Parliamentary Group Submits Blockchain Proposal To Spanish Legislature

Deputies from the People’s Parliamentary Group submitted a proposal to use blockchain in public administration.

According to Spanish outlet CriptoNoticias, 133 deputies from the Grupo Parlamentario Popular, or People’s Parliamentary Group, proposed the use of blockchain technology in public administration. Last week, Spain’s Congress of Deputies, the lower house of the country’s legislature, published the group’s proposal, titled “Non-law Proposal on the Introduction of Blockchain Technology in Public Administration in Spain.”

Broadly speaking, the proposal encourages the use of blockchain technology in governmental operations. Specific details about implementation and use have not been released. Currently, the proposal sits with the Economy and Business Commission.

Spanish lawmakers have recently introduced other proposals relating to blockchain technology. The Grupo Parlamentario Ciudadanos, or Citizens’ Parliamentary Group, submitted its “Non-law Proposal on Regulation, Taxation, and Communication of the Legal Use of Cryptocurrencies and Blockchain Technology” in March. This proposal seeks to clarify cryptocurrency and blockchain guidelines for financial institutions. Also in March, the Grupo Parlamentario Socialista, or Socialist Parliamentary Group, of the Senate proposed a motion to investigate cryptocurrency effects and trends.

Non-law proposals (NLPs) are non-binding propositions submitted by Spanish parliamentary groups that encourage the government or one of its members to take a specific action, give the majority opinion of the Cortes Generales (Spain’s bicameral legislature) on a subject, or establish the basis of an action within public administration. Although NLPs are debated and voted on by legislative members, they are not laws. Therefore, Spain’s recent NLPs may not equate to actionable blockchain implementation.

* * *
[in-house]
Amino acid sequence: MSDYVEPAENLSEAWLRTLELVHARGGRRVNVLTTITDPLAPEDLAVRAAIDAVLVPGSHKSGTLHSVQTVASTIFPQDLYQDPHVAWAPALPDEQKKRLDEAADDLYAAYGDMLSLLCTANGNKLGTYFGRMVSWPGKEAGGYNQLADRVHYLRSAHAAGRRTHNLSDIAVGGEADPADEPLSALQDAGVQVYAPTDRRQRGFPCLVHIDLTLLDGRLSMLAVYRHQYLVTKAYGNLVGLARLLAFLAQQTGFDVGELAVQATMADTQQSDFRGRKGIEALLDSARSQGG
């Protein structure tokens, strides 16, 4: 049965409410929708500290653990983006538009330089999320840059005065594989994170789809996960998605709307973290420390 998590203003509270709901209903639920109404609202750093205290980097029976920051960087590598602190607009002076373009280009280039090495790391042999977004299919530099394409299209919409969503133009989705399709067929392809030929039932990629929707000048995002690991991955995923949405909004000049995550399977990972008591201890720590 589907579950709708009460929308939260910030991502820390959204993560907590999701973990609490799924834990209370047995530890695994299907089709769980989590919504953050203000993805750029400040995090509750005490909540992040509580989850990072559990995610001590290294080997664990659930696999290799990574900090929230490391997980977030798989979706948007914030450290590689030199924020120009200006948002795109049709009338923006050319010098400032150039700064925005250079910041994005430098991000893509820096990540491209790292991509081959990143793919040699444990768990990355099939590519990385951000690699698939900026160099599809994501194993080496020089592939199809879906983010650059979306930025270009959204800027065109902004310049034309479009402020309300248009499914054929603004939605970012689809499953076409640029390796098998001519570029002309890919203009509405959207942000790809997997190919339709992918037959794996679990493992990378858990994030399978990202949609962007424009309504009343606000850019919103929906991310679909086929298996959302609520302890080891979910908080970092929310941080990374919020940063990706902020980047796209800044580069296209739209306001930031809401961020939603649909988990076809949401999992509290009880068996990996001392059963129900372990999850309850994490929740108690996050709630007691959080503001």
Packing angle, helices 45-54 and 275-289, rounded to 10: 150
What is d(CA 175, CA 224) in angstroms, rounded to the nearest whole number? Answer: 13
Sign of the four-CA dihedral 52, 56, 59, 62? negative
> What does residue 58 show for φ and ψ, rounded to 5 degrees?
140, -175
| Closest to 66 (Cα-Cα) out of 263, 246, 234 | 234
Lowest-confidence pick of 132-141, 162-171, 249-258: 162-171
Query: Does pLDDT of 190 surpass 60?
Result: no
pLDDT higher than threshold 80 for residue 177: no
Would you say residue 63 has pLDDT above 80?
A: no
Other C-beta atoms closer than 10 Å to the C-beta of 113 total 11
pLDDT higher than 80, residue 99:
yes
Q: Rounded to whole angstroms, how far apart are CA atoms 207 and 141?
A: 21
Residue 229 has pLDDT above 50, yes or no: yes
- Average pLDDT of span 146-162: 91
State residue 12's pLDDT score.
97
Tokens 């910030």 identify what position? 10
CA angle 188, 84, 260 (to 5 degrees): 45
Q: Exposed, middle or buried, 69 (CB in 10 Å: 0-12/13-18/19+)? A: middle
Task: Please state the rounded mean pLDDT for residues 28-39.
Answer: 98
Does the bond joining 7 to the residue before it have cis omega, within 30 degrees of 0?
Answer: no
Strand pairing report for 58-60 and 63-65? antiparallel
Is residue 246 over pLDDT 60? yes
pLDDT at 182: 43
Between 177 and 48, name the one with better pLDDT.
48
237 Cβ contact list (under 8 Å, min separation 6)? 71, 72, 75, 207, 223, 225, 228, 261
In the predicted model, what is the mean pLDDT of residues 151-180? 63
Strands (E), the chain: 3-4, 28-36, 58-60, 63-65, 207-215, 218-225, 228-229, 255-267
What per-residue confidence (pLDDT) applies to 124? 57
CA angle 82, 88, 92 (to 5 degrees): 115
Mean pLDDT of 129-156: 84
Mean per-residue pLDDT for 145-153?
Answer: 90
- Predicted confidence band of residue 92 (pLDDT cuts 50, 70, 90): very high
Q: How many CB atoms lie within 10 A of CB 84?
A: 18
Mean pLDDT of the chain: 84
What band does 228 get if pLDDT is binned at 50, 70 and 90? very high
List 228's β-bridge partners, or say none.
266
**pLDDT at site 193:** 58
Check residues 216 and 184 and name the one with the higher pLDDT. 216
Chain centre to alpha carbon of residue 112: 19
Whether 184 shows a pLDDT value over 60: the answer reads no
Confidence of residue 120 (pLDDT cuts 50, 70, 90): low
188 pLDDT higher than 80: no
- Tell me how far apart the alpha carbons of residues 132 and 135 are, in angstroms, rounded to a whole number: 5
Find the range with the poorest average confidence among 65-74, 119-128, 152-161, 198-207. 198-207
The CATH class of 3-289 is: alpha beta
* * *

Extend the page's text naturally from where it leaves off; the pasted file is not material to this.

In any case, Spanish organizations have made strides in blockchain development. In May 2017, a consortium of Spanish firms announced its multisector blockchain network Alastria (formerly Red Lyra), which allows developers to create applications and streamline business processes. Alastria was publicly unveiled in October 2017. In April 2018, the Banco Bilbao Vizcaya Argentaria, the second largest bank in Spain, used the Ethereum testnet to complete a global corporate loan transaction.

Translations by the author.

Daniel Putney is a full-time writer for ETHNews. He received his bachelor’s degree in English writing from the University of Nevada, Reno, where he also studied journalism and queer theory. In his free time, he writes poetry, plays the piano, and fangirls over fictional characters. He lives with his partner, three dogs, and two cats in the middle of nowhere, Nevada.

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